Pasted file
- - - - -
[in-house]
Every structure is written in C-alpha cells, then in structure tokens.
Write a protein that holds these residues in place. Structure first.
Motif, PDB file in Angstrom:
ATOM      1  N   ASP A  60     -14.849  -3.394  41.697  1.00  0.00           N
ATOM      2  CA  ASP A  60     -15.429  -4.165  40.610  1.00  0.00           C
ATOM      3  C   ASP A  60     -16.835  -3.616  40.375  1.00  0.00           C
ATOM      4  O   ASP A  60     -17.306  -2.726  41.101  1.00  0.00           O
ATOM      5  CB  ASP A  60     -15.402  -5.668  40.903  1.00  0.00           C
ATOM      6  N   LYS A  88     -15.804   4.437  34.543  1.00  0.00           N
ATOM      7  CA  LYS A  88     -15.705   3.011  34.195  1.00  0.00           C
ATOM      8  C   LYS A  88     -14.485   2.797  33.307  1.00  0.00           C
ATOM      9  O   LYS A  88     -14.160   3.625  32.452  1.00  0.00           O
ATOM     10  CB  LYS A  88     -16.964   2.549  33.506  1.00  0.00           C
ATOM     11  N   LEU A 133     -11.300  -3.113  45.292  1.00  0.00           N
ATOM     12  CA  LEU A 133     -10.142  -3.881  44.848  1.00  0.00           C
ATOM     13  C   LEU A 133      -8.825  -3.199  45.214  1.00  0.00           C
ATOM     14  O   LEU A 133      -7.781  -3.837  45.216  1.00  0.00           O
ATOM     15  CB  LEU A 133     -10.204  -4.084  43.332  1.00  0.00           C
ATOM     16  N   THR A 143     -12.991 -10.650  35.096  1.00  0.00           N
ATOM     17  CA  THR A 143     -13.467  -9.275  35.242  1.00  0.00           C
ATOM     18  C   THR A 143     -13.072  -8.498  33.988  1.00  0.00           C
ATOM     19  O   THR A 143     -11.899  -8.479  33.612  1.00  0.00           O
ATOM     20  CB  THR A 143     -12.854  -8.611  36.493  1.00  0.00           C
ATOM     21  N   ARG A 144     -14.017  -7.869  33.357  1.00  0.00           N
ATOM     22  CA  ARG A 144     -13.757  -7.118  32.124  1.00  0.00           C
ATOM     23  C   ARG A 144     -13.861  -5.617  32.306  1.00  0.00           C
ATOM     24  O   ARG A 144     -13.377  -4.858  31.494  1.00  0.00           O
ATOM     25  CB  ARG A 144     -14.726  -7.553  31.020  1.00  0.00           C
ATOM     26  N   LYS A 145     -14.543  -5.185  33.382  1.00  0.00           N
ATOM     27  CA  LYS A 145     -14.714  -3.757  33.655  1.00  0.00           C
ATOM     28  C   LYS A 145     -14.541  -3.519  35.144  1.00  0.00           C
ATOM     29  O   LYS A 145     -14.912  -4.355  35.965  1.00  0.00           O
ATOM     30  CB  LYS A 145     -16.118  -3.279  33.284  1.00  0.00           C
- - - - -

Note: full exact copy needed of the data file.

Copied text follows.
[in-house]
Every structure is written in C-alpha cells, then in structure tokens.
Write a protein that holds these residues in place. Structure first.
Motif, PDB file in Angstrom:
ATOM      1  N   ASP A  60     -14.849  -3.394  41.697  1.00  0.00           N
ATOM      2  CA  ASP A  60     -15.429  -4.165  40.610  1.00  0.00           C
ATOM      3  C   ASP A  60     -16.835  -3.616  40.375  1.00  0.00           C
ATOM      4  O   ASP A  60     -17.306  -2.726  41.101  1.00  0.00           O
ATOM      5  CB  ASP A  60     -15.402  -5.668  40.903  1.00  0.00           C
ATOM      6  N   LYS A  88     -15.804   4.437  34.543  1.00  0.00           N
ATOM      7  CA  LYS A  88     -15.705   3.011  34.195  1.00  0.00           C
ATOM      8  C   LYS A  88     -14.485   2.797  33.307  1.00  0.00           C
ATOM      9  O   LYS A  88     -14.160   3.625  32.452  1.00  0.00           O
ATOM     10  CB  LYS A  88     -16.964   2.549  33.506  1.00  0.00           C
ATOM     11  N   LEU A 133     -11.300  -3.113  45.292  1.00  0.00           N
ATOM     12  CA  LEU A 133     -10.142  -3.881  44.848  1.00  0.00           C
ATOM     13  C   LEU A 133      -8.825  -3.199  45.214  1.00  0.00           C
ATOM     14  O   LEU A 133      -7.781  -3.837  45.216  1.00  0.00           O
ATOM     15  CB  LEU A 133     -10.204  -4.084  43.332  1.00  0.00           C
ATOM     16  N   THR A 143     -12.991 -10.650  35.096  1.00  0.00           N
ATOM     17  CA  THR A 143     -13.467  -9.275  35.242  1.00  0.00           C
ATOM     18  C   THR A 143     -13.072  -8.498  33.988  1.00  0.00           C
ATOM     19  O   THR A 143     -11.899  -8.479  33.612  1.00  0.00           O
ATOM     20  CB  THR A 143     -12.854  -8.611  36.493  1.00  0.00           C
ATOM     21  N   ARG A 144     -14.017  -7.869  33.357  1.00  0.00           N
ATOM     22  CA  ARG A 144     -13.757  -7.118  32.124  1.00  0.00           C
ATOM     23  C   ARG A 144     -13.861  -5.617  32.306  1.00  0.00           C
ATOM     24  O   ARG A 144     -13.377  -4.858  31.494  1.00  0.00           O
ATOM     25  CB  ARG A 144     -14.726  -7.553  31.020  1.00  0.00           C
ATOM     26  N   LYS A 145     -14.543  -5.185  33.382  1.00  0.00           N
ATOM     27  CA  LYS A 145     -14.714  -3.757  33.655  1.00  0.00           C
ATOM     28  C   LYS A 145     -14.541  -3.519  35.144  1.00  0.00           C
ATOM     29  O   LYS A 145     -14.912  -4.355  35.965  1.00  0.00           O
ATOM     30  CB  LYS A 145     -16.118  -3.279  33.284  1.00  0.00           C